What is Bronze Birch Borer?

Updated: Apr 19

Written by John Sepulveda, Certified Arborist WI-1454A


Bronze Birch Borer (BBB), Agrilus anxius, is one of the many pests trees in Wisconsin must content with. A relative of the Emerald Ash Borer, it targets stressed trees that are less likely to fight off infestation.


BBB is native to North America so it won’t be going away anytime soon. It causes several birch species to die within only a couple years, sometimes sooner. Of the common species of birch in Wisconsin, white birch such as paper birch are more susceptible than other birches like river birch and varieties that have been selectively bred to be more resistant to the beetle.


How does Bronze Birch Borer kill my tree?

BBB causes damage to the phloem, the sugar transport cells of the tree, and cuts off the roots from the leaves, thus causing leaf die back and stress due to lack of nutrients. The roots dying causes the tree to not get enough water and eventually results in death.


How can I tell if my tree is infected?

A noticeable sign of their presence is defoliated branches in the upper canopy and chlorotic, yellowed, leaves. Less noticeable signs are zigzag tunneling beneath the bark, and small D-shaped exit holes made by the adults upon completion of the larval and pupae stage.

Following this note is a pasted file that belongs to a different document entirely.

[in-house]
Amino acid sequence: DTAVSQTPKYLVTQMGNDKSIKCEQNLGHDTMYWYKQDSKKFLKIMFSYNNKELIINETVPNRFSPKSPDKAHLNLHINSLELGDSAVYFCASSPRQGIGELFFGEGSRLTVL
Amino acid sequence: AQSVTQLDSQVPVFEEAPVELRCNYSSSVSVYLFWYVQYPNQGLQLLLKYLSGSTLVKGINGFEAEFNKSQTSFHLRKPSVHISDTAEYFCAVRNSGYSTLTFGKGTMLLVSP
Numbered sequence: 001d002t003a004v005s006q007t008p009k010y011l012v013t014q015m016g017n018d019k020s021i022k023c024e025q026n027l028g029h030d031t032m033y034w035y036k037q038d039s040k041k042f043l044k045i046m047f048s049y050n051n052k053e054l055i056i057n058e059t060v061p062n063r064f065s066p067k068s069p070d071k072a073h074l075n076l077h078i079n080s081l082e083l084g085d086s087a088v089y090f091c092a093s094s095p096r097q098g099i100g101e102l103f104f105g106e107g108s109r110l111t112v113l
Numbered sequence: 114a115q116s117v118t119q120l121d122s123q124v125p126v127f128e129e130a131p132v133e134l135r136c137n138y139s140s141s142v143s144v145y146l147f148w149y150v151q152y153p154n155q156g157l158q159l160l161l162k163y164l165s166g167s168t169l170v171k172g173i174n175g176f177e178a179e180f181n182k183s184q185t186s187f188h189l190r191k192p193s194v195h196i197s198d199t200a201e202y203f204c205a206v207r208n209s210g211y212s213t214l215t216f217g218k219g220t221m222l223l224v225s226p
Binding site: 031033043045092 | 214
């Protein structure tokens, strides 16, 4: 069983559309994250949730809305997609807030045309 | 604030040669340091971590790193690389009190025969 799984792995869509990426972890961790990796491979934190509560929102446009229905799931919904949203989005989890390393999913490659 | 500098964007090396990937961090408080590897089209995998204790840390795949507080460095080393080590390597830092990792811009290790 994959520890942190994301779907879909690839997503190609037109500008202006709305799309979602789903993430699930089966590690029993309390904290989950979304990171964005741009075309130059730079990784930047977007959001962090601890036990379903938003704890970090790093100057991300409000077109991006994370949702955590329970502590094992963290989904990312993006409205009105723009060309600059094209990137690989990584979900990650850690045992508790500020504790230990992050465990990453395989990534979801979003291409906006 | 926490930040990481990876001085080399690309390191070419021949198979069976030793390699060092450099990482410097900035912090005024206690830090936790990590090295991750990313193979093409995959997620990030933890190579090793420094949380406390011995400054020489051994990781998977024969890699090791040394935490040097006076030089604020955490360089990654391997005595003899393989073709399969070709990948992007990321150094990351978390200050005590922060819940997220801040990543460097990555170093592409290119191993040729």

So, what can I do?

No one wants to lose a tree in their landscape, especially if it is the only source of shade or is a cherished tree planted by family members. Treatment can be given in the form of pruning of dead sections of the tree to reduce the BBB population that will be present to lay eggs.


Although this is an effective way to make your tree look better aesthetically, the best method to keep the beetle at bay is preventative. Keeping your birch well-watered and unstressed will give it a better chance to resist infection and make it easier for the tree to fight off the bug.


Another method which we provide is an insecticide treatment. This treatment is given as soil injections or trunk injections to kill the insect in the larval stage, which is the stage that does the most damage to the tree. These treatments assist your tree by keeping population numbers low.


If you are concerned about the health of your birch trees, request a tree inspection by Hoppe Tree Service. One of our certified arborists can inspect your trees, diagnose any potential problems, and recommend preventative services or treatment if needed.

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